K.N. (Kay) Kukoyi leads Purposeful Products, a London-based consultancy to help small business entrepreneurs translate their ideas into commercial web and mobile products.
Recently, Kay interviewed PickFu’s co-founder Justin Chen to get his advice for fellow entrepreneurs. She and Justin discussed how PickFu emerged from a personal need for unbiased feedback, how the business grew, and how it continues to change.
When Kay shared that she intended to include the interview in a book entitled Techpreneur Interviews: What’s it like to run a tech startup, she shared an initial cover design. Justin offered to test the cover design to confirm she had made the right choice.
That same day, in only 33 minutes, her survey was complete. “Wow,” she said. “That was fast!”
The winner (Option B) was Kay’s personal choice as well, but “analyzing the sub-groups threw me a bit,” she told us via email. According to the demographic reporting, she could see higher-income people, African Americans, and people who read 1-3 books per month clearly preferred Option A. “You really need to know who you’re targeting and you would need to decide if you have the courage to go with the ‘loser’ if that appeals better to your target audience.”
“The business analyst in me is coming out!” she remarked. While the reporting segmentation was useful, it was important not to read too much into it. After all, she wasn’t strongly targeting any of these sub-groups. Ultimately, because she wanted her book to have mass appeal, Kay trusted the results and launched Technpreneur Interviews with the winning cover design.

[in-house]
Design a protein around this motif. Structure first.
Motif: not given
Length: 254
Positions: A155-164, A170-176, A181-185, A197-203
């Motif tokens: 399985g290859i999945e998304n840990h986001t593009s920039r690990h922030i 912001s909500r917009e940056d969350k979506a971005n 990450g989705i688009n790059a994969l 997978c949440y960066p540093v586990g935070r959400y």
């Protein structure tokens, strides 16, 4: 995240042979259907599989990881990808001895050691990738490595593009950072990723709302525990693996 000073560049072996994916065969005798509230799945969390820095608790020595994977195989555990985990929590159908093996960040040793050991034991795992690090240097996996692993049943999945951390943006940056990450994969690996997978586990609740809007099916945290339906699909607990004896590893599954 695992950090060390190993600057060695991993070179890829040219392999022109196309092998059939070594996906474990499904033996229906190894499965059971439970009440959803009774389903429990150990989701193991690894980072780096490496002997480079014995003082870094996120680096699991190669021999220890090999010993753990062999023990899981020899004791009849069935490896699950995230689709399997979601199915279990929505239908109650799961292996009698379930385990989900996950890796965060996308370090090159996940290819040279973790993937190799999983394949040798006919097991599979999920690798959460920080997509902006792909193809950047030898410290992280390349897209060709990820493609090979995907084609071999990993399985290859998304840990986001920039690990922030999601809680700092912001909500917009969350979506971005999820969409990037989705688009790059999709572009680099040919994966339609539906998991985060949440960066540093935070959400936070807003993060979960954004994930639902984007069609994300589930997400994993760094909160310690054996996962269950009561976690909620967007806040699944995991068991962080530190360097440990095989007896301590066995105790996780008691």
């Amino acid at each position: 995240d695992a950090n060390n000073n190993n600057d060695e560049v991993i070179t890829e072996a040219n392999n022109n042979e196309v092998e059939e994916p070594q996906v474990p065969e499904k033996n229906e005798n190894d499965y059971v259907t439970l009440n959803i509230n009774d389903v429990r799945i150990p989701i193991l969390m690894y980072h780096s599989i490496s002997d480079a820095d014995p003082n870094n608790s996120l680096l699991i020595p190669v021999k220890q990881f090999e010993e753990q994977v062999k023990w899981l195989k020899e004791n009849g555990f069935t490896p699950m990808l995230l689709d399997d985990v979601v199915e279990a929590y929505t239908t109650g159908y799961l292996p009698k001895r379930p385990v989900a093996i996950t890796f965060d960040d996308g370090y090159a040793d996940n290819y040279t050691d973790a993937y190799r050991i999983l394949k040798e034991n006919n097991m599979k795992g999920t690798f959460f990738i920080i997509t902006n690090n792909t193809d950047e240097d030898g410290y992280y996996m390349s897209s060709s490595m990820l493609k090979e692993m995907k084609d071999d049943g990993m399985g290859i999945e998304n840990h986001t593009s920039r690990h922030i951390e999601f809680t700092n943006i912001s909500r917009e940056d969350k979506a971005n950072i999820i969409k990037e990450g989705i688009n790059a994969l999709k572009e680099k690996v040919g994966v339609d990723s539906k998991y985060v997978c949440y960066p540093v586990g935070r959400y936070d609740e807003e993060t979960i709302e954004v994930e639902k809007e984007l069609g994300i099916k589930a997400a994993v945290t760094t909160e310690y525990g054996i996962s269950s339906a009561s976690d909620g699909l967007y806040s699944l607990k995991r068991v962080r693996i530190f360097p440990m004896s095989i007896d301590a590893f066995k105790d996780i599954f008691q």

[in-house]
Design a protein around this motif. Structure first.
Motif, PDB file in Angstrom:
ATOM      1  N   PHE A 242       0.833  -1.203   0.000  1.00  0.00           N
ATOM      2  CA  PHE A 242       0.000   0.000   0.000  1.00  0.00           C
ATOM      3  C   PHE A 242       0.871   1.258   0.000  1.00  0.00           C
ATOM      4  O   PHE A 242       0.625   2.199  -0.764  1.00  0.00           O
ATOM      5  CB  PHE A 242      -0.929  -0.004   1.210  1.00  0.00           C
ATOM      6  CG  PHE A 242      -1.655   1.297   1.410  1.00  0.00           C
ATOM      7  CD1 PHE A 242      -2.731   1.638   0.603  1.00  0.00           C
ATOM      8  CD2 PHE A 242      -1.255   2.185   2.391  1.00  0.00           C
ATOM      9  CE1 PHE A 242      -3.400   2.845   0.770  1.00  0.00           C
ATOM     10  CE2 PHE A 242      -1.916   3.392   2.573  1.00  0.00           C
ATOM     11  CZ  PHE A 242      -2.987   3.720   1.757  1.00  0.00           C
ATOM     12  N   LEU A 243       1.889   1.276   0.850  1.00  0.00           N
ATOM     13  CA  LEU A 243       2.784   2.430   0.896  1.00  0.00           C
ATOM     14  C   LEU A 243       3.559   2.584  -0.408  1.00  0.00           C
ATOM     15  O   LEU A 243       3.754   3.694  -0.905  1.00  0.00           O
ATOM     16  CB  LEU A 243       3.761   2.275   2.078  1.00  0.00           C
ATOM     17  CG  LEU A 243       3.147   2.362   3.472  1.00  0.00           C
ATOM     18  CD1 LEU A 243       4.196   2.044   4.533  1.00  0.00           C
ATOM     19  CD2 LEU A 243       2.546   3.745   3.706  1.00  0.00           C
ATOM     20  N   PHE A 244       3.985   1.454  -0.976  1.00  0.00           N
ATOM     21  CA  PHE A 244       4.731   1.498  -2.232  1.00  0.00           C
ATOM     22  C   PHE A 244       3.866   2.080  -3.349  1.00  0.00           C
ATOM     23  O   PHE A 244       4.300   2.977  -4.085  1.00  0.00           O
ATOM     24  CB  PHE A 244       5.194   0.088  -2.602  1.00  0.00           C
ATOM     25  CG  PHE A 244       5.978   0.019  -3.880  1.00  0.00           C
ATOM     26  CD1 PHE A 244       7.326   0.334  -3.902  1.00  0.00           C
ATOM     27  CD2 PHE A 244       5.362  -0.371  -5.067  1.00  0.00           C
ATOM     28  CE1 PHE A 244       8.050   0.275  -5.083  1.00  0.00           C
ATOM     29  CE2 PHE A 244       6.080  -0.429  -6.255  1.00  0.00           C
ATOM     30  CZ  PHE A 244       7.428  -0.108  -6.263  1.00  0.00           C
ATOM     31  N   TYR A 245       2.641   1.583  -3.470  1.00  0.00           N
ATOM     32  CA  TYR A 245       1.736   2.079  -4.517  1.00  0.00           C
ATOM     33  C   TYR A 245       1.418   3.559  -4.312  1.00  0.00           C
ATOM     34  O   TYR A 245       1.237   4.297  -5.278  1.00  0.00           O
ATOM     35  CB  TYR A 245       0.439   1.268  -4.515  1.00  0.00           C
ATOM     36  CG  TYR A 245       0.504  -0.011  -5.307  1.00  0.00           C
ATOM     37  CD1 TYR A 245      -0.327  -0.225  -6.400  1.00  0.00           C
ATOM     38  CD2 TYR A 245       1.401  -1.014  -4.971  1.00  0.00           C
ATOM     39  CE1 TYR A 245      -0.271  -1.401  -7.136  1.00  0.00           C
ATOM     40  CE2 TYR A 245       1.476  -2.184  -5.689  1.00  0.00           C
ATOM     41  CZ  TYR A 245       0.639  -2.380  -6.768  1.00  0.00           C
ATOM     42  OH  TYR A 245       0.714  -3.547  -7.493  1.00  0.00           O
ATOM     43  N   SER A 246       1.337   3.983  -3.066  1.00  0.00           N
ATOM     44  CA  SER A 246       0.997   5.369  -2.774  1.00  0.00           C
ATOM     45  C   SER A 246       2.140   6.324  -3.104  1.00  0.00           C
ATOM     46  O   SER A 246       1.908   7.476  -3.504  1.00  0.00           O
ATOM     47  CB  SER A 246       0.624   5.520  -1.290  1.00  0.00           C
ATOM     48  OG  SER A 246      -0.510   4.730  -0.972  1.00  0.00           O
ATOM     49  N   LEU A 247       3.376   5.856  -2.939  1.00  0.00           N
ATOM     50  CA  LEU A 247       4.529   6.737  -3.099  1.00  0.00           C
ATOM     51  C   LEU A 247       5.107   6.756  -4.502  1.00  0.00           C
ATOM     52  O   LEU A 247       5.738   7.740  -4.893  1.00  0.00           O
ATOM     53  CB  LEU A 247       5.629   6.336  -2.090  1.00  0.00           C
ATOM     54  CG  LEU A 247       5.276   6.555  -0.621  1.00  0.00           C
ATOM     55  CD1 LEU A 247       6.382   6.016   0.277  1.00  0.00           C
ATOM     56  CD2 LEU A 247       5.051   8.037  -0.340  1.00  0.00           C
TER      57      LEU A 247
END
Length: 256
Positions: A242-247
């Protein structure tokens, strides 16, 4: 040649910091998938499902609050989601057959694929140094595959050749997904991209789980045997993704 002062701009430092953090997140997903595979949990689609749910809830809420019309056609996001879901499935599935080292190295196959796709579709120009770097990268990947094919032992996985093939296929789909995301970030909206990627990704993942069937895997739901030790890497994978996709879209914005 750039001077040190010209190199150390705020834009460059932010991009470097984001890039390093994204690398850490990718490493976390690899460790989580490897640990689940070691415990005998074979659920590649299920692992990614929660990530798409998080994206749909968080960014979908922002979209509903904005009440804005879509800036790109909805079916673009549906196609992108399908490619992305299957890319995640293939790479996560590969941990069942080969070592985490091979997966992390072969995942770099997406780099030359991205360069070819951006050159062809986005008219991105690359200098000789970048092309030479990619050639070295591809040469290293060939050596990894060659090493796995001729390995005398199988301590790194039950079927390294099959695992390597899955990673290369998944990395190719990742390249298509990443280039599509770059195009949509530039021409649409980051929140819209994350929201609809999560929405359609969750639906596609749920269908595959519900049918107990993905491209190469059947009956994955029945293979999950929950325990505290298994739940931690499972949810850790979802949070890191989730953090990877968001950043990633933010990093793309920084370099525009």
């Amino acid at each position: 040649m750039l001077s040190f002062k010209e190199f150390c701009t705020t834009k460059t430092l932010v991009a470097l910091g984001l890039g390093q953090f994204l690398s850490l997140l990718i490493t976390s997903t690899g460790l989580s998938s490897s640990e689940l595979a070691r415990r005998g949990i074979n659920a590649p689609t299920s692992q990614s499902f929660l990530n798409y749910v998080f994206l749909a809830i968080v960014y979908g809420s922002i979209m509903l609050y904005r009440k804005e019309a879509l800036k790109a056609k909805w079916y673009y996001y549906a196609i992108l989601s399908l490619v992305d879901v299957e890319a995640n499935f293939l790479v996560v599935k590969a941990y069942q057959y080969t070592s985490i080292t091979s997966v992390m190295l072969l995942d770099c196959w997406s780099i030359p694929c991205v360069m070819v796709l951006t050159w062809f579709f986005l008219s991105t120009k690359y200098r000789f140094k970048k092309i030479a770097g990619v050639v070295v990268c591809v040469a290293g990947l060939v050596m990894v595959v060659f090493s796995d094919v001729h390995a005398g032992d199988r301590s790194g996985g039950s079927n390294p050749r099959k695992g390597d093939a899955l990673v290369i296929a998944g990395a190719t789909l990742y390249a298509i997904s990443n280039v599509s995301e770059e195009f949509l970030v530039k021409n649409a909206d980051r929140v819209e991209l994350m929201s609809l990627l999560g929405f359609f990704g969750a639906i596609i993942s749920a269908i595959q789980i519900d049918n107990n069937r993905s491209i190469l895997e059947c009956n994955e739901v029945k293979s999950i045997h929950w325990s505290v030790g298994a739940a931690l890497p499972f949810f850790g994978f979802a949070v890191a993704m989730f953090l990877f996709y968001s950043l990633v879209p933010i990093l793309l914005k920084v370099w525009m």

Below are some of the responses Kay received in favor of Option B:
“Puts me more in the mental state of giving interviews of my own when I am a successful entrepreneur.”
“The mix of microphones on the cover of B makes me feel like the book will have more varied opinions and input.”
“Choice B was more inviting – the colors were bright, but not harsh, and the fonts were friendlier. It looked like a more fun book to read.”
“Option B implies that there is much more going on and that the content is generally more interesting, simply by the amount of reporters and the broad range of technology applied.”
“A/B testing is so useful for getting feedback for prototypes,” Kay said, “and it was such a quick process. Thanks for a very positive experience!”
Kay’s book is available for free download here. Be sure to check out Justin’s interview in Chapter 2!
Learn More:Authors improve their book marketing efforts by using PickFu to test book titles and covers with potential readers targeted by literary preference, number of books read per month, and more.
Also published on Medium.
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